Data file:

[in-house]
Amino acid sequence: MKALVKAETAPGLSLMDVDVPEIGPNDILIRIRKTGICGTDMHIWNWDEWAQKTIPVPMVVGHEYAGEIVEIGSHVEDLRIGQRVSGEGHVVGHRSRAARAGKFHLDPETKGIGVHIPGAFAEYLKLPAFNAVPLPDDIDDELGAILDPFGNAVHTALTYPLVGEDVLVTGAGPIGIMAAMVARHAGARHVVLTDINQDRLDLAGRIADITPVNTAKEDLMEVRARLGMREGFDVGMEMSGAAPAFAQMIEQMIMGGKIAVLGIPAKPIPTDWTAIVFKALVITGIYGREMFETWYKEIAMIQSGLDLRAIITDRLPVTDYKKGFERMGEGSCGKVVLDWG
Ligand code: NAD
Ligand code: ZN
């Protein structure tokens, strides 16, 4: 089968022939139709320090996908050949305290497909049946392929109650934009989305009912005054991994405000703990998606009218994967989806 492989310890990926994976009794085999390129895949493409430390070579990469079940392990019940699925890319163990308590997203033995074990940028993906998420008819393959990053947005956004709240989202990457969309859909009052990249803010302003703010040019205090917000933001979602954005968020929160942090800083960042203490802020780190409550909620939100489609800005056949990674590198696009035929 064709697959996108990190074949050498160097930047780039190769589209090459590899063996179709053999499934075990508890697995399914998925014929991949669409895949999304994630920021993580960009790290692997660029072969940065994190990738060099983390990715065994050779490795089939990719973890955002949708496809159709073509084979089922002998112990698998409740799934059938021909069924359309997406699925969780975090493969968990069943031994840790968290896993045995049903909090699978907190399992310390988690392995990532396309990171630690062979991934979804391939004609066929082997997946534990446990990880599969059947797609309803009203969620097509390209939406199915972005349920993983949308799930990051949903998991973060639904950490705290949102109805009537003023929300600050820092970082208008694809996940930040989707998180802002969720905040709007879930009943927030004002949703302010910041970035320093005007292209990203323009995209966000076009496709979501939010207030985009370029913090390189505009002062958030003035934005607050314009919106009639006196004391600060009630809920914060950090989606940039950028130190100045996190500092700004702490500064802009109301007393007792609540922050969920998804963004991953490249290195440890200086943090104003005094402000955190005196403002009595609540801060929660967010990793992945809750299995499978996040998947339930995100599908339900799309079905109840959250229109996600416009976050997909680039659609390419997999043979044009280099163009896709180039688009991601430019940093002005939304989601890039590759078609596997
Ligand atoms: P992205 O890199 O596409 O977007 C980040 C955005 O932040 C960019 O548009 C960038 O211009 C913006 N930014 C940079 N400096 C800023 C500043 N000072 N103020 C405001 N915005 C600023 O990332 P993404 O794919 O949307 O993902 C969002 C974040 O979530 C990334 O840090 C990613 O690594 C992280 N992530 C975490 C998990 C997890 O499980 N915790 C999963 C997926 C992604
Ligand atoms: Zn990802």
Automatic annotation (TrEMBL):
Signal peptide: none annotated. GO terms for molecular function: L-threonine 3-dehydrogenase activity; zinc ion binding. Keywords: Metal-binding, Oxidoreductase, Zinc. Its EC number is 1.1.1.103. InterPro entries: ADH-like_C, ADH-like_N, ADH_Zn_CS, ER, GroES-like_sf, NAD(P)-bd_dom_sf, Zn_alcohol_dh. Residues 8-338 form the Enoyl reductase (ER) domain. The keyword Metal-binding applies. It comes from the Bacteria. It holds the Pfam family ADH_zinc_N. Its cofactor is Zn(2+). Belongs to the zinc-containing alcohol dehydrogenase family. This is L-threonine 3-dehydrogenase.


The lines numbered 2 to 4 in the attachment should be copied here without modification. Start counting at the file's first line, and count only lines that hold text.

Amino acid sequence: MKALVKAETAPGLSLMDVDVPEIGPNDILIRIRKTGICGTDMHIWNWDEWAQKTIPVPMVVGHEYAGEIVEIGSHVEDLRIGQRVSGEGHVVGHRSRAARAGKFHLDPETKGIGVHIPGAFAEYLKLPAFNAVPLPDDIDDELGAILDPFGNAVHTALTYPLVGEDVLVTGAGPIGIMAAMVARHAGARHVVLTDINQDRLDLAGRIADITPVNTAKEDLMEVRARLGMREGFDVGMEMSGAAPAFAQMIEQMIMGGKIAVLGIPAKPIPTDWTAIVFKALVITGIYGREMFETWYKEIAMIQSGLDLRAIITDRLPVTDYKKGFERMGEGSCGKVVLDWG
Ligand code: NAD
Ligand code: ZN